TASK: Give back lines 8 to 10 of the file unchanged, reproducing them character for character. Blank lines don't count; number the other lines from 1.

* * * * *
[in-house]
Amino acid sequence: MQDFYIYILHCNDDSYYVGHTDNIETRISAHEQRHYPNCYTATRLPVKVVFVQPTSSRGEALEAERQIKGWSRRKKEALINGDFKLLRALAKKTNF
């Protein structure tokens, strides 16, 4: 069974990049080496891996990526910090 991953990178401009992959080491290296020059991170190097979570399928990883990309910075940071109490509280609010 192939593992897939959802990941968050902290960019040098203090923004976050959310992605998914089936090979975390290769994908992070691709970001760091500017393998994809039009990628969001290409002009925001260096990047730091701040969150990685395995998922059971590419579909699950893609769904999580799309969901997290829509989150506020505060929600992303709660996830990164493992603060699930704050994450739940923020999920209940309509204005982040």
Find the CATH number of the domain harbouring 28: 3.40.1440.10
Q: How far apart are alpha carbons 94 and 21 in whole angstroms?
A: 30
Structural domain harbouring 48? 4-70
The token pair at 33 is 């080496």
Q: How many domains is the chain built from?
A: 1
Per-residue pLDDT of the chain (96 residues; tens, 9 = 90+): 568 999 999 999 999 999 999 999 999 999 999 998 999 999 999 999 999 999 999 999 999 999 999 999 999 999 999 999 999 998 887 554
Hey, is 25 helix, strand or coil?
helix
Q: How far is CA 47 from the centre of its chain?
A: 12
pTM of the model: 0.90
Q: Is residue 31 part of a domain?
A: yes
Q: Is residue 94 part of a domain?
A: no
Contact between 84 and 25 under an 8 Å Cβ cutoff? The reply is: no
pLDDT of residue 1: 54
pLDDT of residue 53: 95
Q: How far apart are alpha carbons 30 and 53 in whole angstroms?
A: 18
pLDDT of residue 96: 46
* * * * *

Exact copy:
The token pair at 33 is 């080496």
Q: How many domains is the chain built from?
A: 1